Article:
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PLoS Pathog. 2015 Apr 30;11(4):e1004818. doi: 10.1371/journal.ppat.1004818. eCollection 2015 Apr.

Role of Hypoxia Inducible Factor-1α (HIF-1α) in Innate Defense against Uropathogenic Escherichia coli Infection.

Author information

1
Division of Pediatric Pharmacology & Drug Discovery, University of California, San Diego, La Jolla, California, United States of America.
2
Aerpio Therapeutics, Cincinnati, Ohio, United States of America.
3
Department of Molecular Microbiology, Washington University School of Medicine, St. Louis, Missouri, United States of America; Center for Women's Infectious Disease Research, Washington University School of Medicine, St. Louis, Missouri, United States of America.
4
Division of Pediatric Pharmacology & Drug Discovery, University of California, San Diego, La Jolla, California, United States of America; Skaggs School of Pharmacy and Pharmaceutical Sciences, University of California, San Diego, La Jolla, California, United States of America; Rady Children's Hospital, San Diego, California, United States of America.

Abstract

Uropathogenic E. coli (UPEC) is the primary cause of urinary tract infections (UTI) affecting approximately 150 million people worldwide. Here, we revealed the importance of transcriptional regulator hypoxia-inducible factor-1 α subunit (HIF-1α) in innate defense against UPEC-mediated UTI. The effects of AKB-4924, a HIF-1α stabilizing agent, were studied using human uroepithelial cells (5637) and a murine UTI model. UPEC adherence and invasion were significantly reduced in 5637 cells when HIF-1α protein was allowed to accumulate. Uroepithelial cells treated with AKB-4924 also experienced reduced cell death and exfoliation upon UPEC challenge. In vivo, fewer UPEC were recovered from the urine, bladders and kidneys of mice treated transurethrally with AKB-4924, whereas increased bacteria were recovered from bladders of mice with a HIF-1α deletion. Bladders and kidneys of AKB-4924 treated mice developed less inflammation as evidenced by decreased pro-inflammatory cytokine release and neutrophil activity. AKB-4924 impairs infection in uroepithelial cells and bladders, and could be correlated with enhanced production of nitric oxide and antimicrobial peptides cathelicidin and β-defensin-2. We conclude that HIF-1α transcriptional regulation plays a key role in defense of the urinary tract against UPEC infection, and that pharmacological HIF-1α boosting could be explored further as an adjunctive therapy strategy for serious or recurrent UTI.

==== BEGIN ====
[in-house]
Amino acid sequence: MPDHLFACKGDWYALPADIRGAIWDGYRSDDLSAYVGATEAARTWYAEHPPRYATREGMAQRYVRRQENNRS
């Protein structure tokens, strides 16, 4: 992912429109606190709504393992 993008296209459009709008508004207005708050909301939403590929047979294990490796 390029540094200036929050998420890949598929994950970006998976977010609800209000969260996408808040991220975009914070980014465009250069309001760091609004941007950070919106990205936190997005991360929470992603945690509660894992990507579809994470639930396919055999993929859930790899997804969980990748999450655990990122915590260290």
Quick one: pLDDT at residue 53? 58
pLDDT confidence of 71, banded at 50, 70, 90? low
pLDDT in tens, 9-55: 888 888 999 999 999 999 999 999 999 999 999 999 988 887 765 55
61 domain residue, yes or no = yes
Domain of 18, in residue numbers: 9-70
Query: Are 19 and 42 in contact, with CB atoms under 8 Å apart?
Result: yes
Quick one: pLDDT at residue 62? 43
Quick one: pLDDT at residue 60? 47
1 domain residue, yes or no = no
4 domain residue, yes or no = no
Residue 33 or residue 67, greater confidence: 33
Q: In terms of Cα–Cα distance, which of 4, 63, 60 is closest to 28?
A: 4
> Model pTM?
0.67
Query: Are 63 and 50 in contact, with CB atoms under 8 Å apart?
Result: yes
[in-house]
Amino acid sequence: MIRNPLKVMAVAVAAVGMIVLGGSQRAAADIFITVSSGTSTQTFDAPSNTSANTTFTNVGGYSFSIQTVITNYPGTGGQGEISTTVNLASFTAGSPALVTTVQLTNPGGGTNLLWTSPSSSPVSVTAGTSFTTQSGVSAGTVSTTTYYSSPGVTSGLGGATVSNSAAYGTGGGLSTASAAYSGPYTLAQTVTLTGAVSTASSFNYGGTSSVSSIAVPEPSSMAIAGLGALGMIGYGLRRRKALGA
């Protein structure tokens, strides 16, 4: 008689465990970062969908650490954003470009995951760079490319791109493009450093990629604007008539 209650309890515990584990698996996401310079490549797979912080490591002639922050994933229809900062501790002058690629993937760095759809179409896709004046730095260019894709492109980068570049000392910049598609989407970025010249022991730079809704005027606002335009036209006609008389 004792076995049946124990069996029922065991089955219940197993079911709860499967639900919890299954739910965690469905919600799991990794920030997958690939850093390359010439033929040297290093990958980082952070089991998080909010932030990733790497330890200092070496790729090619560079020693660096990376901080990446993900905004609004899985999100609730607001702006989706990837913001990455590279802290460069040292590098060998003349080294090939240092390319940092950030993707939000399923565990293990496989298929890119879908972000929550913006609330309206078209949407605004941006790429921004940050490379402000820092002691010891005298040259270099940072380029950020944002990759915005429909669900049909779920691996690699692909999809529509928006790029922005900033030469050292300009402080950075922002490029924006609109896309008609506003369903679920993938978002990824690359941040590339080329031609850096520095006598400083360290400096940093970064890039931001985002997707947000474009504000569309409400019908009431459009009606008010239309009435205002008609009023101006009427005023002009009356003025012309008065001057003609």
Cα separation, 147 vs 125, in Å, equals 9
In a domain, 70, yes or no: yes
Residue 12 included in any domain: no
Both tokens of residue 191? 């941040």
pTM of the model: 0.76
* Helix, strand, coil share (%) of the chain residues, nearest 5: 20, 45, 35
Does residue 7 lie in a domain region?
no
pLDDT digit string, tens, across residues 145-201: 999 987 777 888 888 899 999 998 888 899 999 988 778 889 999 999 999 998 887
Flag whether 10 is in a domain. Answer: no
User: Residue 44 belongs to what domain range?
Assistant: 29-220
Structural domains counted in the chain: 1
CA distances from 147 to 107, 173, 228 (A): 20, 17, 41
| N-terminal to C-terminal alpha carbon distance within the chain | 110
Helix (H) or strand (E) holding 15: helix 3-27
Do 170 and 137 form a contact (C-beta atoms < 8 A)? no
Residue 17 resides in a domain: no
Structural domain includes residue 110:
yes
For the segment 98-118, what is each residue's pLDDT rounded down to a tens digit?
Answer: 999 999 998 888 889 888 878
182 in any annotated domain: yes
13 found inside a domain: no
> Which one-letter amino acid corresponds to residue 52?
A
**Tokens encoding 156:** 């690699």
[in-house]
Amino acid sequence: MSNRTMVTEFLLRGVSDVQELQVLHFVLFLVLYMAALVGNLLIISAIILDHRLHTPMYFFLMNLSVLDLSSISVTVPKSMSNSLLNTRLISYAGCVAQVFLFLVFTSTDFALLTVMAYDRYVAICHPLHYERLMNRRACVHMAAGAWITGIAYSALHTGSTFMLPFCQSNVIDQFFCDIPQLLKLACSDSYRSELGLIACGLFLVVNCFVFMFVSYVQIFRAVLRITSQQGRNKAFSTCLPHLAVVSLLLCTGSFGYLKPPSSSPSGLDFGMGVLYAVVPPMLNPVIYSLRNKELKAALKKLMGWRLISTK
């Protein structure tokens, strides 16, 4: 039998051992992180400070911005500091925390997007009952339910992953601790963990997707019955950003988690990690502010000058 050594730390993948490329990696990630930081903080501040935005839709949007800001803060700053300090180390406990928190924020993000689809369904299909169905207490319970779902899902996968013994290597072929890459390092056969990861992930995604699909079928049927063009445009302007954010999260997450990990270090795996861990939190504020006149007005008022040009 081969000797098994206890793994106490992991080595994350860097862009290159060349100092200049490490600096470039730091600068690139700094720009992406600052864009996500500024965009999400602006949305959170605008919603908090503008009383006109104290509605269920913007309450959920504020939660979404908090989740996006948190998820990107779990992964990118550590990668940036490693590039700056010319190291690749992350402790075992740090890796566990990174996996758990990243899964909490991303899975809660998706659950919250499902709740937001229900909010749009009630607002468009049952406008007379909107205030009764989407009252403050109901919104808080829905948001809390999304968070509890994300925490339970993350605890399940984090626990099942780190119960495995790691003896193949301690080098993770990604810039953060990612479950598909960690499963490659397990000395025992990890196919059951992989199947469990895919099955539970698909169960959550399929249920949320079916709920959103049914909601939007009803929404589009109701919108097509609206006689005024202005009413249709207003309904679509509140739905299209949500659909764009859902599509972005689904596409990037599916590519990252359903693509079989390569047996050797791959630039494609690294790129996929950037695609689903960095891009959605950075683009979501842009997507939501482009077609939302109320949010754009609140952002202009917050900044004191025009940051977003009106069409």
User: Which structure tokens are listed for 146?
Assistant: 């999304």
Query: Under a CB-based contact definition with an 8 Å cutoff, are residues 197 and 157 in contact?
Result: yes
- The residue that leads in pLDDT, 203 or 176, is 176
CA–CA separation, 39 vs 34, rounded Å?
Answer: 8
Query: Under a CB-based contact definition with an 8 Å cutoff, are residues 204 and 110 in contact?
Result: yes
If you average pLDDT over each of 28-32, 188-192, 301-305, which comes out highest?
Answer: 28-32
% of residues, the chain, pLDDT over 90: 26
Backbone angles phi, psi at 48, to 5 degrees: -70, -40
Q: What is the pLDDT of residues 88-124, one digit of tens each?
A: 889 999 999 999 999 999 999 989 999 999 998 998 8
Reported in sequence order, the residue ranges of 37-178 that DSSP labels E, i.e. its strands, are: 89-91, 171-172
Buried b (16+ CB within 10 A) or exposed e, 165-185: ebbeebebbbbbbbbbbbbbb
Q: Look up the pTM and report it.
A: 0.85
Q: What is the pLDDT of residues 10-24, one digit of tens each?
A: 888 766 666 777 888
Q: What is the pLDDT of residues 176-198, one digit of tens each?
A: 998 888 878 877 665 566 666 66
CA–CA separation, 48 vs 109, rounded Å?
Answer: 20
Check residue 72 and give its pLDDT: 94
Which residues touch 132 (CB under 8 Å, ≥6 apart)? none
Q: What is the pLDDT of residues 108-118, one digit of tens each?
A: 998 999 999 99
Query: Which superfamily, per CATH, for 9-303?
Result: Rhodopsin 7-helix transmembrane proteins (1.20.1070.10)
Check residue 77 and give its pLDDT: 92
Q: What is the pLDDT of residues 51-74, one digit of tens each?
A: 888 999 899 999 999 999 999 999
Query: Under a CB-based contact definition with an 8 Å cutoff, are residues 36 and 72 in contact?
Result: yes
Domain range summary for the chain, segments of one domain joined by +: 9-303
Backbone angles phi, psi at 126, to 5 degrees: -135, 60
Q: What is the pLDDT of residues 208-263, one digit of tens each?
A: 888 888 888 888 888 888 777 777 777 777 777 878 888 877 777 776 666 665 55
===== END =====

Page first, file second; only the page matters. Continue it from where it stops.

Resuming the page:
PMID:
25927232
PMCID:
PMC4415805
DOI:
10.1371/journal.ppat.1004818
[Indexed for MEDLINE]
Free PMC Article

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